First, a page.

Award-winning teachers say it takes more than classroom work to be a good tutor.
While narrating their envious journeys to recognition, the winners spoke of sacrifice, dedication, patience and consistency in all aspects among other values that made them stand out.
As they took to the dais of the hall at Pope Paul VI Learners Resource Centre, principals and guests who attended the Kenya Conference of Catholic Bishops at the Catholic University of Eastern Africa applauded and listened keenly.
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Jane Wacheke, winner of the Principal of the Year Award, could not hide her joy for making her first win in her 25-year stint in the teaching profession.
The Chief Principal of Stella Maris Othaya Girls High School in Nyeri County considers herself a “go-getter,” boosting the school’s mean score to 9.08 during last year’s national examinations.
But it is not merely the sterling performance in the Kenya Certificate of Secondary Education (KCSE) examinations that thrust the Moi University and University of Nairobi graduate to the limelight.
Among key projects that guaranteed her high marks included her role in rescuing children from deprived families in Kianjai slums when she was head of Bongo Girls Secondary School.
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“We admitted many girls who were unable to attend school due to lack of fees. At the time, there was also a threat of girls being coerced into female genital mutilation,” said Ms Wacheke, who teaches Christian Religious Education (CRE) and History.
In 2011, Wacheke won the heart of then President Kibaki, who awarded her Head of State Commendation.
While heading Kiganjo Secondary School in Nyandarua County, Wacheke disclosed that the school recorded high performance and in 2004 when she was leaving, 62 candidates joined universities through government sponsorship.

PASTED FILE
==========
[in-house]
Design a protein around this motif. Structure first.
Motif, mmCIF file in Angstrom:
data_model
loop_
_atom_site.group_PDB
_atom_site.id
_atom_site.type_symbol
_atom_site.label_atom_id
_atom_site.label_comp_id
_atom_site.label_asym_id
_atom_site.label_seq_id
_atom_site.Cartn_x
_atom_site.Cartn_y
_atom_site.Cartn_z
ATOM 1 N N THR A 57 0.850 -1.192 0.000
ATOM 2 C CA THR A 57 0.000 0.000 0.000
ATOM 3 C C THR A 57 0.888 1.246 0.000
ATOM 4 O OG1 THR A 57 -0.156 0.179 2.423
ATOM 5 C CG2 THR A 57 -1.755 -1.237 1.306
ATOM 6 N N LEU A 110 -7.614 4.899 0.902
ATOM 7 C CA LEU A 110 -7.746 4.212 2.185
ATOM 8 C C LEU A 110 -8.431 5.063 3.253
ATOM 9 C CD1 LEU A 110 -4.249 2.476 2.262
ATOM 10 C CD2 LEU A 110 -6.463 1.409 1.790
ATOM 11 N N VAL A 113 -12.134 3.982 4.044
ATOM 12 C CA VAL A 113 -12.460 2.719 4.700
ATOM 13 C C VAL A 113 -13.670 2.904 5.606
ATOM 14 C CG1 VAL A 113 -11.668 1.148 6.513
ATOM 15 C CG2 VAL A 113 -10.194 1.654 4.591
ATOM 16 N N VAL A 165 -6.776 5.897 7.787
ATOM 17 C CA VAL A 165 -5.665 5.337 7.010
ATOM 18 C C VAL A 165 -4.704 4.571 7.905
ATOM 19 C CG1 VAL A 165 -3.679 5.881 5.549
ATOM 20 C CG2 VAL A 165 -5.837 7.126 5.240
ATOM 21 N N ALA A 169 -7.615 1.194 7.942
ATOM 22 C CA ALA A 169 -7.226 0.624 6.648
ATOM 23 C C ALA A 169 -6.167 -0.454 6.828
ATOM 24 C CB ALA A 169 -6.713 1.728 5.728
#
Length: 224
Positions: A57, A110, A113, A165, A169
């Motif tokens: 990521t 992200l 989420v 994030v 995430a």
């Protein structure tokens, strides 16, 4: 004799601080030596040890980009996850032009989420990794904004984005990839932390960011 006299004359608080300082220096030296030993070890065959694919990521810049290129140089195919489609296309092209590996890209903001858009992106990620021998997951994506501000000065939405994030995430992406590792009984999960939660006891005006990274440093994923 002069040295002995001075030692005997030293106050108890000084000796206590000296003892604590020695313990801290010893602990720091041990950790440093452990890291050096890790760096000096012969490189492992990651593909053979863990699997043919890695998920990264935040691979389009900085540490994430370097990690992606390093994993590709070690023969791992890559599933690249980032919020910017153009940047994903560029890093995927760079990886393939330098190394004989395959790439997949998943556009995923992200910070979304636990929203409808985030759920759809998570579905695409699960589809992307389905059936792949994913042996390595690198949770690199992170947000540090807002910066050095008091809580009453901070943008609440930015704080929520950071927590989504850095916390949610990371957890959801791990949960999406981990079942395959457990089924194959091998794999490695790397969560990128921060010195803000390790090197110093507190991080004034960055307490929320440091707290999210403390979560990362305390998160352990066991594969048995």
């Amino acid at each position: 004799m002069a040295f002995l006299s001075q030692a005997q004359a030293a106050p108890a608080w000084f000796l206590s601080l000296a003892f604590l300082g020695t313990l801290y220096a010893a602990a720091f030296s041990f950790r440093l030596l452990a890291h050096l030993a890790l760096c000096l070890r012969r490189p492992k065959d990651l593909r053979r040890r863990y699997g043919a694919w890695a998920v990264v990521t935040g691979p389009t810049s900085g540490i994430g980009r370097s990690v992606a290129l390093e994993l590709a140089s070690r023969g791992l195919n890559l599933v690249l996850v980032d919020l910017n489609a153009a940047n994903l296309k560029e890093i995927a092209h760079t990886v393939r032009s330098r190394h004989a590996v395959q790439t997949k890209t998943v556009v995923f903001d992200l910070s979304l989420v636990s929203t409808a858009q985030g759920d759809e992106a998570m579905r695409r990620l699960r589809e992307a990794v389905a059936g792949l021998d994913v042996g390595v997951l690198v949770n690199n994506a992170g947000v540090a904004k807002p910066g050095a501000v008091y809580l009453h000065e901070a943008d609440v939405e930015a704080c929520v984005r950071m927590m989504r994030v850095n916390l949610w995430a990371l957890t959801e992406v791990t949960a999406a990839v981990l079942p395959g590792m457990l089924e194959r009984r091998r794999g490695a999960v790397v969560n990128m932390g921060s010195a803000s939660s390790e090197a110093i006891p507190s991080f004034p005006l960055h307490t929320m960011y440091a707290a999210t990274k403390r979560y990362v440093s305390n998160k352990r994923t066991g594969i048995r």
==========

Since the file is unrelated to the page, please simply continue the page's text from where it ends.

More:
Apart from her role in promoting excellence in academic performance, Wacheke said the transformations she has initiated at Stella Maris Othaya Girls High School gave her stronger points.
“My school engages in pig and dairy farming, cabbage growing and other ventures. The proceeds from the farm are what we use to pay teachers contracted by the board of management,” she said.
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At the same time, she has striven to set up a technology hub at the school through use of information and communication technology (ICT).
“We have virtual classes where we can teach several classes at once. Other schools come to learn from our institution. One must be ready to serve in several platforms to ensure services in our society continue to benefit humanity,” she said. On his part, Fredrick Shitubi, 44, who was named Teacher of the Year evoked laughter when he attributed his success to his prayerful wife whom he said was popularly known as the “Bukhusu Darling.”
Shitubi, a Kenyatta University graduate who teaches English and Literature at St Mary’s Yala High School, also made fun of his old Subaru car, which his students have nicknamed “antelope.” He said the car served as the school’s ambulance during emergencies. Shitubi is national coordinator in drama owing to his students’ exemplary performance in the discipline after his school won three consecutive competitions at national levels.
“I train drama and elocution. Last year, the drama team went to East African competition in Uganda and excelled,” said Shitubi.
He also attributes his success to his role of coordinating Kenya Anglican Parish Association, where he serves as the chairperson.
“I have also done well in evangelism and resource mobilisation. Focus not on monetary value but the mark you leave on the next generations,” said the Senior Head of Department of Languages, who has been teaching for the past 20 years.
The conference was also attended by Global Teacher Award winner Peter Tabichi, who was recognised by the Catholic Church.
Mr Tabichi was rewarded for his contribution to education, where he was celebrated for donating 80 per cent of his salary to help students from deprived families.
The 36-year-old Egerton University graduate, a teacher at Keriko Mixed Day Secondary School in Nakuru, won Sh100 million when he was declared winner of Varkey Foundation Global Teacher Prize 2019.
“It is time to put more focus on values that matter, especially for young people,” Tabichi said. Unfortunately, the Information and Communication Technology Teacher of the Year (iToya) 2019 Catherine Wanjiku was unable to attend.